Tag Archives: pentesting

When HTML Encoding Helped XSS

Recently I was pentesting a web app that had an unauthenticated XSS vulnerability but there was some heavy filtering in place. Nonetheless I was able to achieve session fixation using a combination of a technique I previously explained and some fun filter workarounds – including using the application’s own defensive HTML encoding to create a working XSS payload! Continue reading

Thoughts on Testing for POODLE

I recently did an internal presentation on POODLE – what the flaw is and how to test for it – and a version of the slides can be found here. Obviously much has been written about the vulnerability, its mitigations and what the future holds. What follows expands on the testing aspect of the presentation, with a few pointers on manual checks if you feel you need to verify or clarify – and possibly even add to – what the tools are telling you. Continue reading

Testing for Cipher Suite Preference

It’s often important to know which SSL/TLS cipher suite is preferred by a server to alter the risk rating of a particular issue. For POODLE, if the server prefers RC4 ciphers over SSLv3 connections then it’s very unlikely that a connection will be vulnerable to POODLE. Similarly, if a server prefers block ciphers then reporting RC4 support should be appropriately adjusted. Occasionally tools conflict over which cipher suite is preferred so I thought I’d write up how to resolve this manaully in the spirit of the SSL/TLS manual cheatsheet. Continue reading

Testing for TCP/IP Timestamps

It always used to be a stock joke in my old workplace that if you were having a tough time finding issues in a pentest then you could always rely on “TCP/IP timestamps”. Recently I did a re-test (based on another company’s report) that included this issue and found that it’s easy for this to be a false positive. I thought I’d write up this finding – as much for the journey I took through Nessus, Nmap, hping and Wireshark as for the result itself. Continue reading

The Small Print for OpenSSL legacy_renegotiation

The other day my attention was drawn to a switch in OpenSSL called -legacy_rengotation. I pulled up the built-in help for s_client and, sure enough, there it was. So I trawled back through the release notes and it looked to have been there since version 0.9.8m. I couldn’t believe that I hadn’t spotted this before: it looked like the perfect way to test for insecure renegotiation without the faff of having to recompile OpenSSL or use an older version. But after a bit of testing this proved to be a red herring… Continue reading

SQL Injection in Search Fields

A quick posting about a fun SQL injection I cracked last week (of course, it’s only when you’ve cracked them that they’re fun!). A colleague had found the classic sign of a problem – add a single quote and you get an error – but was having no luck doing anything more. I was getting nowhere with my test so I thought I’d take a look for a change of scene. The input field was in a search box so, for example, search=keyword' returned an error but search=keyword'' was fine. Anything more exciting than that, however, such as search=keyword' and '1'='1, didn’t seem to work as expected: in this case, an error was returned instead of the same set of results that the normal search=keyword produced. Continue reading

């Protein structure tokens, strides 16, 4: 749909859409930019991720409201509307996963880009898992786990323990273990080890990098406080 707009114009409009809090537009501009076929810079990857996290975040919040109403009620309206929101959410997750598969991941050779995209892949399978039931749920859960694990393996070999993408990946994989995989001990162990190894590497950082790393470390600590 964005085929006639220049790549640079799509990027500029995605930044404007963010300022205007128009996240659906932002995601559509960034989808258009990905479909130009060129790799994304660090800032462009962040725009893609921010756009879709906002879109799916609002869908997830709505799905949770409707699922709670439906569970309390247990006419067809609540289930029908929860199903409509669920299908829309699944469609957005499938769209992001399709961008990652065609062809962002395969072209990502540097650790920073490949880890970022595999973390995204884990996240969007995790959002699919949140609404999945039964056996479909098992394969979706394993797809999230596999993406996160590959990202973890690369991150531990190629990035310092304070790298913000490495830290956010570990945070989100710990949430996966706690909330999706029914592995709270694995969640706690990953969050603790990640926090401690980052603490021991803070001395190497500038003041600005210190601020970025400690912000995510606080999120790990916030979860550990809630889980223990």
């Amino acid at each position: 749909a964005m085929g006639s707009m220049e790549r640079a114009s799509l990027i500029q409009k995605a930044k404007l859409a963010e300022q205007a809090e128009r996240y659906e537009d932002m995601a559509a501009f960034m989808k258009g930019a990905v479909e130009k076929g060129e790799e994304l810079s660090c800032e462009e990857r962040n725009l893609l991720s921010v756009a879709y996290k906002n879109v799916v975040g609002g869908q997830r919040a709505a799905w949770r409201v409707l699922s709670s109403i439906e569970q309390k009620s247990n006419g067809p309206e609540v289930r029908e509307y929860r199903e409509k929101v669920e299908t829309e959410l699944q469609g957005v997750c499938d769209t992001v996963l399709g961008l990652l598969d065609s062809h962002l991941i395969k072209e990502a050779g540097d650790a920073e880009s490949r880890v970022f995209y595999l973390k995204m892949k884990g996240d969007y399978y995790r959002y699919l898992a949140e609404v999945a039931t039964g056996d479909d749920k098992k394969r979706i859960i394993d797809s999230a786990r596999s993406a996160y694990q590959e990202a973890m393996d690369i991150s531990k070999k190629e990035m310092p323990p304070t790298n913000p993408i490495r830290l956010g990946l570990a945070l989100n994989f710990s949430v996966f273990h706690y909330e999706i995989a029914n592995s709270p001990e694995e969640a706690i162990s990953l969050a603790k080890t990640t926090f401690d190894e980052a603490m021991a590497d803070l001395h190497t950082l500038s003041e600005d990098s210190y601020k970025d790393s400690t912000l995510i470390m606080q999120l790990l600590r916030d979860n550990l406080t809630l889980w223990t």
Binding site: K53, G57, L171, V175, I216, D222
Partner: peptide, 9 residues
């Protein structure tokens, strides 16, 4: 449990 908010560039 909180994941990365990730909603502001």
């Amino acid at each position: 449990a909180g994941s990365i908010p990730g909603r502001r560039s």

Three Cheers for DirBuster

Not exactly wizard stuff today, more like back to basics perhaps – but sometimes they’re worth revisiting. I’ve had some good DirBuster finds three tests in a row so I thought I’d write them up as a case study. It’s a reminder that there’s some very low-hanging fruit out there that may not always get picked. I’ve also put together a walk-through for many of DirBuster’s features and I aim to show that, as with many tools, a few minutes of manual work can produce a faster set of more meaningful results. Continue reading

Defence In Depth Penetration Testing

Never before has it been more important to think the unthinkable: what if an attack succeeds? (If you need some stats and arguments to persuade the Board of this, try this article of mine, of which this is a summary.) The solution to mitigate the threat of a successful attack is already very familiar to us all: defence in depth. But to what extent are those inner defences tested? What about a “second-level” penetration test, which would start from the assumption that a first-level defence has been bypassed? Continue reading